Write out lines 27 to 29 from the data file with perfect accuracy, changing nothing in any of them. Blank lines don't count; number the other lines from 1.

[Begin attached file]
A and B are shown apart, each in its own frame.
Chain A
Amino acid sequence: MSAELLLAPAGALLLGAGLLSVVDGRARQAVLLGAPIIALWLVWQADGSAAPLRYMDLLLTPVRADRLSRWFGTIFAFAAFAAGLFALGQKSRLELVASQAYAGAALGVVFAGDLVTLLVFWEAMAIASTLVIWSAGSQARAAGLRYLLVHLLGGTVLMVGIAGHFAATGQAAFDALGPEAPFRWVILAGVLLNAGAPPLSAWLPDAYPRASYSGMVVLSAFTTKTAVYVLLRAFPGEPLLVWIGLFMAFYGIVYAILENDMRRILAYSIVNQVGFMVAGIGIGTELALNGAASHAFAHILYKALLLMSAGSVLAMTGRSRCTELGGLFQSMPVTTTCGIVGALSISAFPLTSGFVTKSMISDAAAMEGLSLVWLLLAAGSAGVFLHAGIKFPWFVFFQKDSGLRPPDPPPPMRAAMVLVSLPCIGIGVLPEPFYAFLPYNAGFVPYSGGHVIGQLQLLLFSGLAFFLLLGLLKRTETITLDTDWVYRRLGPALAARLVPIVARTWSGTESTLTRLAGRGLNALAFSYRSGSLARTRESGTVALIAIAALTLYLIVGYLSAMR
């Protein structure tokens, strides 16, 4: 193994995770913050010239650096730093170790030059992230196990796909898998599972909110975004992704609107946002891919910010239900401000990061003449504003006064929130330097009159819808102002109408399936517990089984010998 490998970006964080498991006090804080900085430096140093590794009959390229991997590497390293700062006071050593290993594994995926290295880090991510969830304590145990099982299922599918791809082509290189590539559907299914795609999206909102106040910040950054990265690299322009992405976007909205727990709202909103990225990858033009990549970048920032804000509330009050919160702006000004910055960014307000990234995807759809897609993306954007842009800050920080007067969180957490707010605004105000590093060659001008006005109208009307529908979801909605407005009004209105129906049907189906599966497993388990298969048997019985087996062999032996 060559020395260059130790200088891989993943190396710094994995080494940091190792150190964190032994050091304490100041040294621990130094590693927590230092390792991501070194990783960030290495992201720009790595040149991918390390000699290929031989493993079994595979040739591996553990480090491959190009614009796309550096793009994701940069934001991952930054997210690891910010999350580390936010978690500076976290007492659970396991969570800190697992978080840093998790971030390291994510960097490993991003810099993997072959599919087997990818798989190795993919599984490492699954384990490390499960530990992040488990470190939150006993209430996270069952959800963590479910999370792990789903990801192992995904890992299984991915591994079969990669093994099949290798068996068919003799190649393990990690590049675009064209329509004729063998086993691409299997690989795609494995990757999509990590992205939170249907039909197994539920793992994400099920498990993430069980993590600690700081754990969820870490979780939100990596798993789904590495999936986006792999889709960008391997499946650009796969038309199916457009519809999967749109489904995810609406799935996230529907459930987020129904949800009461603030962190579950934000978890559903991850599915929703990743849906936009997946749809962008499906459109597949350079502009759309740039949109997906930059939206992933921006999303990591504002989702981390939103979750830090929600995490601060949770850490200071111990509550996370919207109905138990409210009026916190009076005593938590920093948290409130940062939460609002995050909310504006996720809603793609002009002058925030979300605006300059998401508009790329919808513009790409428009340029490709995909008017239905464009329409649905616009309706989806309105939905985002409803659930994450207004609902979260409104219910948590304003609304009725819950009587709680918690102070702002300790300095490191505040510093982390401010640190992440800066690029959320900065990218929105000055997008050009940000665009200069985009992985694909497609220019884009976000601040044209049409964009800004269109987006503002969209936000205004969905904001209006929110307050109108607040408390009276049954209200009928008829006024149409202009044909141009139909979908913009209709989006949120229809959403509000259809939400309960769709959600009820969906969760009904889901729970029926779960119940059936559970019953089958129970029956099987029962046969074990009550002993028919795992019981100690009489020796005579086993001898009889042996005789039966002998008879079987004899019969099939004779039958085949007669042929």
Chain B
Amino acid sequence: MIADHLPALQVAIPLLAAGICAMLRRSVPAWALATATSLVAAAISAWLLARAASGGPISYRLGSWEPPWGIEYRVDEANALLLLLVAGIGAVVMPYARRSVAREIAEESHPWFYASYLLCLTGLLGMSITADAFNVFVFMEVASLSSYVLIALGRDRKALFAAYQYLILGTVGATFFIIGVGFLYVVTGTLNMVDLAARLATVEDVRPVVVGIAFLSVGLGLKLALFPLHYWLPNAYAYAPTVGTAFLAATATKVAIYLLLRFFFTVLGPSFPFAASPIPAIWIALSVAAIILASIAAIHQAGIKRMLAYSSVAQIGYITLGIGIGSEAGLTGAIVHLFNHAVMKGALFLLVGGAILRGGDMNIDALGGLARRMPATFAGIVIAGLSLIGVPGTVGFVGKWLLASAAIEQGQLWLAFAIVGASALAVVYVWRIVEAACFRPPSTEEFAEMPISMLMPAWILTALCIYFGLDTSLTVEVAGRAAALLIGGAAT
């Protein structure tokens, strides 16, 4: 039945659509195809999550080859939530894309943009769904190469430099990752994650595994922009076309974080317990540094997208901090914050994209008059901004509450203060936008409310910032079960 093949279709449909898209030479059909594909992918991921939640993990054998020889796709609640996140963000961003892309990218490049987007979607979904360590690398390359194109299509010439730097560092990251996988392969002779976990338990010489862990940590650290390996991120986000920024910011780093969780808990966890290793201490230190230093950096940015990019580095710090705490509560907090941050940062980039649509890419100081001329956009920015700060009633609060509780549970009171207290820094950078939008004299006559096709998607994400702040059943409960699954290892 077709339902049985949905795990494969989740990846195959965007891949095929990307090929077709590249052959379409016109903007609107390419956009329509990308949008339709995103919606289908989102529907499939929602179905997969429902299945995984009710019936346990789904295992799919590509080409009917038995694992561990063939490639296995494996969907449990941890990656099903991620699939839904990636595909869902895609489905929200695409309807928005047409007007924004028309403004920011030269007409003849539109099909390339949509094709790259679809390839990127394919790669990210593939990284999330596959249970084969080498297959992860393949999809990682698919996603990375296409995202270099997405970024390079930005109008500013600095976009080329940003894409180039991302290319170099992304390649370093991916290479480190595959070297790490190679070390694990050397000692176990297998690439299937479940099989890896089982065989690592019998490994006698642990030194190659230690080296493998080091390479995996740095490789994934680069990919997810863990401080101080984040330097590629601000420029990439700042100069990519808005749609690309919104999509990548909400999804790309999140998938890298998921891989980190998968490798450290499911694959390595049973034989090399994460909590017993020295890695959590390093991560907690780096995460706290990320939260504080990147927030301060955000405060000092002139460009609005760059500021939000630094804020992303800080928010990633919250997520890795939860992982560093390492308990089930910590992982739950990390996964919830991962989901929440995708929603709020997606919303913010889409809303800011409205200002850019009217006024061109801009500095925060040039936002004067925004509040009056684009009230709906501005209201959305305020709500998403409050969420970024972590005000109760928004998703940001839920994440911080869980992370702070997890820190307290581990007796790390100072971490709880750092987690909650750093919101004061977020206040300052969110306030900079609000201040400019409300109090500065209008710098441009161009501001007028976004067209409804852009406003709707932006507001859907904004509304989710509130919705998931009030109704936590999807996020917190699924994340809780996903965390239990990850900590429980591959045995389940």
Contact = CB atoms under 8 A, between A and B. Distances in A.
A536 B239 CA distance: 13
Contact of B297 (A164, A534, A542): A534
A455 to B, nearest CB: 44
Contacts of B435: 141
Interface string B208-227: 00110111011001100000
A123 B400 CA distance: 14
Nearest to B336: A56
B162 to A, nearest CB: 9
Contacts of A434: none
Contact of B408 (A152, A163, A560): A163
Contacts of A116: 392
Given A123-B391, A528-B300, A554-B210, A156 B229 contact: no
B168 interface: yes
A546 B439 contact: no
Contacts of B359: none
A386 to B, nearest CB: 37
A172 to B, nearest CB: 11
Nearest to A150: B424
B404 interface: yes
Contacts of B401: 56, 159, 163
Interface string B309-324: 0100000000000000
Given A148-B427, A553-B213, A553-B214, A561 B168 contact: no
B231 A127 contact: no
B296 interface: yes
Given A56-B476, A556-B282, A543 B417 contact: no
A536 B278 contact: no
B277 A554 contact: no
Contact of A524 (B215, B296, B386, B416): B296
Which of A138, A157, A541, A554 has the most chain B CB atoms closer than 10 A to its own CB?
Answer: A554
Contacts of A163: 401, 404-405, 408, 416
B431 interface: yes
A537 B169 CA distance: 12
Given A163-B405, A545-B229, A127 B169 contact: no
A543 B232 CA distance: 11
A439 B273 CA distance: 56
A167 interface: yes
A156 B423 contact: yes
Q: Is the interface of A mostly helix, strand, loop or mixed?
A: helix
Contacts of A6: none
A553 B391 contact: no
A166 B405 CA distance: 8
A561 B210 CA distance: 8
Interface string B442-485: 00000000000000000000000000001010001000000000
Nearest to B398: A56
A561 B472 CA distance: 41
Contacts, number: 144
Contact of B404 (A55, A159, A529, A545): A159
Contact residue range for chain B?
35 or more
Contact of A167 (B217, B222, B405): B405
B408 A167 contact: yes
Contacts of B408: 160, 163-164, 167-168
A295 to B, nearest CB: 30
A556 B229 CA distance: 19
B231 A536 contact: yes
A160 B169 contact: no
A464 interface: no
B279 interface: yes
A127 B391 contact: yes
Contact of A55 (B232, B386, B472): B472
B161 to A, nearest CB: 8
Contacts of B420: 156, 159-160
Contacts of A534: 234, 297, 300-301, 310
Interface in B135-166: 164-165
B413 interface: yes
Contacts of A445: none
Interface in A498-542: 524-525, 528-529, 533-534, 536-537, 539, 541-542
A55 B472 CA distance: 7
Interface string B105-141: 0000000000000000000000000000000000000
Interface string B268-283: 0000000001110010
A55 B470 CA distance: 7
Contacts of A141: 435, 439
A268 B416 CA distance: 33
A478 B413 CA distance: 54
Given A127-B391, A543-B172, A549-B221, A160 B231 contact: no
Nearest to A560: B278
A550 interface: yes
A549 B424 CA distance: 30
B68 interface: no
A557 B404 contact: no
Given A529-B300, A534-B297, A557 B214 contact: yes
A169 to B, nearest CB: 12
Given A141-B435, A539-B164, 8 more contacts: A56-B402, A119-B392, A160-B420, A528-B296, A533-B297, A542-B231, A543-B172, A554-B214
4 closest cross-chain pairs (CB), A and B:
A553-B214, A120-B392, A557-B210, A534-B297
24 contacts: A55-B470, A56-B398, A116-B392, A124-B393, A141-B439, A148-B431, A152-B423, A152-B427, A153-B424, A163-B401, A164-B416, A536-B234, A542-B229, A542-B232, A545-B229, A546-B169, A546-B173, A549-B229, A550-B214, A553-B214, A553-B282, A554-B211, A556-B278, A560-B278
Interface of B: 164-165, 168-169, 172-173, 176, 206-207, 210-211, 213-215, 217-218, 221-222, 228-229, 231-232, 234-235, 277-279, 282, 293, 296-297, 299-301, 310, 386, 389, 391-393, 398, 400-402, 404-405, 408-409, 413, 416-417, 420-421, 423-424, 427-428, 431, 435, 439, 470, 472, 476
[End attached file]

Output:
B404 interface: yes
Contacts of B401: 56, 159, 163
Interface string B309-324: 0100000000000000